This is a sign for the my future (one can dream!) bakery and used-bookstore. The name is not trademarked or copyrighted yet, so please don’t steal it.
My current logo is a hipster/nerdy cinnamon bun which is a nod to the target audience, as well as the name in case people don’t get my odd sense of humor. I used a mixed of different fonts to add whimsy to certain elements while making essential information, such as event time/date, address, and website, in a clear and easy to read font. I picked cool tones for the color palette in order to present a calming affect. I also tried to pick easy to read fonts for those with vision impairments and designed colors that would not affect the design if the reader has color-blindness (i.e. viewing color is not essential to understand the message).
Iyer, E., & Banerjee, B. (1993). Anatomy of Green Advertising. Advances In Consumer Research, 20(1), 494-501.Retrieved from: http://eds.a.ebscohost.com.proxy.lib.odu.edu/ehost/pdfviewer/pdfviewer?sid=ebfdafbc6a1d-4880-8744-4430d225b453%40sessionmgr4009&vid=2&hid=4208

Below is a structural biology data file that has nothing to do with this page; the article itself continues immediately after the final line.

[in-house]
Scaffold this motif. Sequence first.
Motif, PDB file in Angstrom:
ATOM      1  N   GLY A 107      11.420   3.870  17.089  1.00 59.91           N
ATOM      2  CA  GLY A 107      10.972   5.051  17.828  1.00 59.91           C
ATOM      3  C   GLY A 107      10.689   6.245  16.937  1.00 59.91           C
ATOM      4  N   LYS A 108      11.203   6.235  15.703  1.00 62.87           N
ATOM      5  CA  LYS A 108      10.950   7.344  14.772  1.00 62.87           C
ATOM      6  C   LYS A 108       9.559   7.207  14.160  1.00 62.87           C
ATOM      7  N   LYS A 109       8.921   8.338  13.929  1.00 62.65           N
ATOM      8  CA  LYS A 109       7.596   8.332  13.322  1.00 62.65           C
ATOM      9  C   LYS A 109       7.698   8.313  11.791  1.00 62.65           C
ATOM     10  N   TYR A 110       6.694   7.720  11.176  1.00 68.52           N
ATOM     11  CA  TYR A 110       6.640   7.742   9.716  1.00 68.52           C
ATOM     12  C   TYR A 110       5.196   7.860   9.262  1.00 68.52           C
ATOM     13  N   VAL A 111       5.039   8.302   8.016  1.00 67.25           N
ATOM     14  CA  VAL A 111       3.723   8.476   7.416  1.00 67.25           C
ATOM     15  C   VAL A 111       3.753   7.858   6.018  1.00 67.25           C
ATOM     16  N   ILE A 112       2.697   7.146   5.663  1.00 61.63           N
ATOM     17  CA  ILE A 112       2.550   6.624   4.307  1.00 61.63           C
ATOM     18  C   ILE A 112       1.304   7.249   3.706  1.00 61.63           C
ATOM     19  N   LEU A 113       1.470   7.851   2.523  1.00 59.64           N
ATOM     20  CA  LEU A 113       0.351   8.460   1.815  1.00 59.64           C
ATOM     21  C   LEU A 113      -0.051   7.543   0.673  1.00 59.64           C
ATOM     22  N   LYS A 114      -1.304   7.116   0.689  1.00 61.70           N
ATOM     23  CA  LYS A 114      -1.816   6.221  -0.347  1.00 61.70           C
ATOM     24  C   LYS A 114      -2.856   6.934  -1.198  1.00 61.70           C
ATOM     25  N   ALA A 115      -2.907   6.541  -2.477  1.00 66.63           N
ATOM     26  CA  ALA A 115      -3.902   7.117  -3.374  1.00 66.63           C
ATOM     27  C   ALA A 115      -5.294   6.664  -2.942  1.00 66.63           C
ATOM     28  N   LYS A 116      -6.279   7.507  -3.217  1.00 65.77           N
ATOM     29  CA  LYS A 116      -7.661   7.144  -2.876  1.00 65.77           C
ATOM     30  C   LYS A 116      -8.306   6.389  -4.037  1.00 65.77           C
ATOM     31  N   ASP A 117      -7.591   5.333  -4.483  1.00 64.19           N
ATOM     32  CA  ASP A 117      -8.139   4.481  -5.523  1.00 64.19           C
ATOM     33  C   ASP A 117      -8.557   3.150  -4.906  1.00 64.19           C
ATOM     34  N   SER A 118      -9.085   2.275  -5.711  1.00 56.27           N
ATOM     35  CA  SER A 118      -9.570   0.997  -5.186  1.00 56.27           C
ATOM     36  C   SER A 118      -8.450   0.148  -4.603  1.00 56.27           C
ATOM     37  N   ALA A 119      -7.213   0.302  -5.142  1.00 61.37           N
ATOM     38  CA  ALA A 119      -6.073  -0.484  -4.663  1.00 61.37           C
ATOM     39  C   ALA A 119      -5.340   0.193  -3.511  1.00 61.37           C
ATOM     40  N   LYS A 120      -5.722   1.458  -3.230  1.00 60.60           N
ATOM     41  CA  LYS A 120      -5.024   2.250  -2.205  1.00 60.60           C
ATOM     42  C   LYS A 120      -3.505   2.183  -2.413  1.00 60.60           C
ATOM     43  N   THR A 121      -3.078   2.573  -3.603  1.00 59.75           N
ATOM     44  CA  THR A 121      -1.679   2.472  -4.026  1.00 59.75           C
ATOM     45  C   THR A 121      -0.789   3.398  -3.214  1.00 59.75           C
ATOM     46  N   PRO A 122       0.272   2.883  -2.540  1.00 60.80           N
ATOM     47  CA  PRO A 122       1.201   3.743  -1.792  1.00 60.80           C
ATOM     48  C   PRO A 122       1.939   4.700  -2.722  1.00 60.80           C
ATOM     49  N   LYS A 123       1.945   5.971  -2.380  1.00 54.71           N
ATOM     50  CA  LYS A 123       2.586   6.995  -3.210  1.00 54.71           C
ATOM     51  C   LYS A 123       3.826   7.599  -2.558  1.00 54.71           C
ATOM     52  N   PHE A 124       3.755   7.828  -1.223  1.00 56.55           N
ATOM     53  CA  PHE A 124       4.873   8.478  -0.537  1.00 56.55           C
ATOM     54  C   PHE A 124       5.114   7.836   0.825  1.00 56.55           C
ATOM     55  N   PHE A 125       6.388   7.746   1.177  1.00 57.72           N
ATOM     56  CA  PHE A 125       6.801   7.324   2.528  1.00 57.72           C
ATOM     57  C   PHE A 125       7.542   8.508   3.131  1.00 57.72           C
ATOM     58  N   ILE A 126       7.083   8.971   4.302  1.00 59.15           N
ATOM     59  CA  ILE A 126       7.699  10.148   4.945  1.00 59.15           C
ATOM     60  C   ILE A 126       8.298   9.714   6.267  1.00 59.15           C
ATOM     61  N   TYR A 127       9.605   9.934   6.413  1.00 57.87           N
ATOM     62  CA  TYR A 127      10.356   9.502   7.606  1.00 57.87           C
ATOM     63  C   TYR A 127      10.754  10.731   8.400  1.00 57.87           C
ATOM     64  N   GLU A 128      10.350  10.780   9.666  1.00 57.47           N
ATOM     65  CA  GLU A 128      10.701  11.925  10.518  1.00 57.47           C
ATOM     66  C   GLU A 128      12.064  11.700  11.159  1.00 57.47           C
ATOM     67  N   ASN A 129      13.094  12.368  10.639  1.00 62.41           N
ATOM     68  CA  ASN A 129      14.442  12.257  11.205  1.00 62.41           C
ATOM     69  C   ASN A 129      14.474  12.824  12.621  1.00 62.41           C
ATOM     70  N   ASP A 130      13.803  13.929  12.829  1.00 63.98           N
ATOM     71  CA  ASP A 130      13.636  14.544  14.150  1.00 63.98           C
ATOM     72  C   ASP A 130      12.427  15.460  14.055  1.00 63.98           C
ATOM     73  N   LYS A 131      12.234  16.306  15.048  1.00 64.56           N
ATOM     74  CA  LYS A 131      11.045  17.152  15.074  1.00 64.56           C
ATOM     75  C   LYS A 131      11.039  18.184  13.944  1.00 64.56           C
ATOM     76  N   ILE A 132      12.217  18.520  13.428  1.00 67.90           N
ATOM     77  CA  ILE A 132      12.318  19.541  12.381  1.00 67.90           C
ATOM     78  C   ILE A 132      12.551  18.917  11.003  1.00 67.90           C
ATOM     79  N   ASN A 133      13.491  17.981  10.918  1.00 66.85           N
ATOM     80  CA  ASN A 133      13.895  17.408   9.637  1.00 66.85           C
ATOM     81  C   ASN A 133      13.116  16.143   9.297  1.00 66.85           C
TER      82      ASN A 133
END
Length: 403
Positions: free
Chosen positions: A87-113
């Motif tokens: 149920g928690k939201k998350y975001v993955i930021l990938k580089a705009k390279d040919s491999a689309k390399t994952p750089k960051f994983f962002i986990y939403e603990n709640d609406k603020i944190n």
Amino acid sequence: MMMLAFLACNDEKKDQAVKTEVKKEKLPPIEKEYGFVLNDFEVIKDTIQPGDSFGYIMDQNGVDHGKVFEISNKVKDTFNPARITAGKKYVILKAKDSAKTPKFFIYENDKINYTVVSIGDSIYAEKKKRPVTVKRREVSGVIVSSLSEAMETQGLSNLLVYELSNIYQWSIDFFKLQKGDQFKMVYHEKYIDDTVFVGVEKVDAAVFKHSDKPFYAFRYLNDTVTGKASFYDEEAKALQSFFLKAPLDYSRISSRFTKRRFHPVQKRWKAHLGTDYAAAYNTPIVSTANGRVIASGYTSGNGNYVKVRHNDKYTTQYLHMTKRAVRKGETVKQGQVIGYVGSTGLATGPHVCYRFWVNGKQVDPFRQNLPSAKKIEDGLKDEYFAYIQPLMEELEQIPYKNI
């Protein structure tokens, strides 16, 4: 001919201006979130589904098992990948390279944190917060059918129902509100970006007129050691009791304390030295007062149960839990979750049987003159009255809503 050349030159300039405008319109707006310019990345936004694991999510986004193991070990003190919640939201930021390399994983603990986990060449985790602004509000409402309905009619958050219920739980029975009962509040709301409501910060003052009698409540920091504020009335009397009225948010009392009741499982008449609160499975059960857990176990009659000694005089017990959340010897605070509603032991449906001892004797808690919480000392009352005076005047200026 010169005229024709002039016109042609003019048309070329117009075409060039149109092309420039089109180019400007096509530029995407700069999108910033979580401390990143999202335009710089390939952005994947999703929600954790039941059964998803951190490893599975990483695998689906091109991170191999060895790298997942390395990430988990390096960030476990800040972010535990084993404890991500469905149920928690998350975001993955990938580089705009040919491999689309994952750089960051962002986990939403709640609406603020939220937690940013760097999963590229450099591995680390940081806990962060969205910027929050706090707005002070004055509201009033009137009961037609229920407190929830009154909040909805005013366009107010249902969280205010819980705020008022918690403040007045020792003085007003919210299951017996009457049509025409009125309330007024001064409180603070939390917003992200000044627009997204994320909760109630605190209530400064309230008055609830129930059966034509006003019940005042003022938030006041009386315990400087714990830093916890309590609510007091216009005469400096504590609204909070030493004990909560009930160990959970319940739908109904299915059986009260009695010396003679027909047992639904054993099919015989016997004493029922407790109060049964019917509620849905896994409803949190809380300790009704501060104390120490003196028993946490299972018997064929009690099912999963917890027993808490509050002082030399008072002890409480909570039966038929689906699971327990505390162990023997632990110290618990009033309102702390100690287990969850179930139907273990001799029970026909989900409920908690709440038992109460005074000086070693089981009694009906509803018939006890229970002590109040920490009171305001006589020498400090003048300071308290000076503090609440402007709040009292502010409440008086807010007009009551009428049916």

Iyer and Banerjee (1993) developed this research in order to create a framework for designing and analyzing “green” print advertisements based on green consumer needs and opinions. Because this was the first study in this particular area, the researchers adapted a form of grounded theory to create categories and coding methods in order to classify both the advertisements and consumer needs and wants.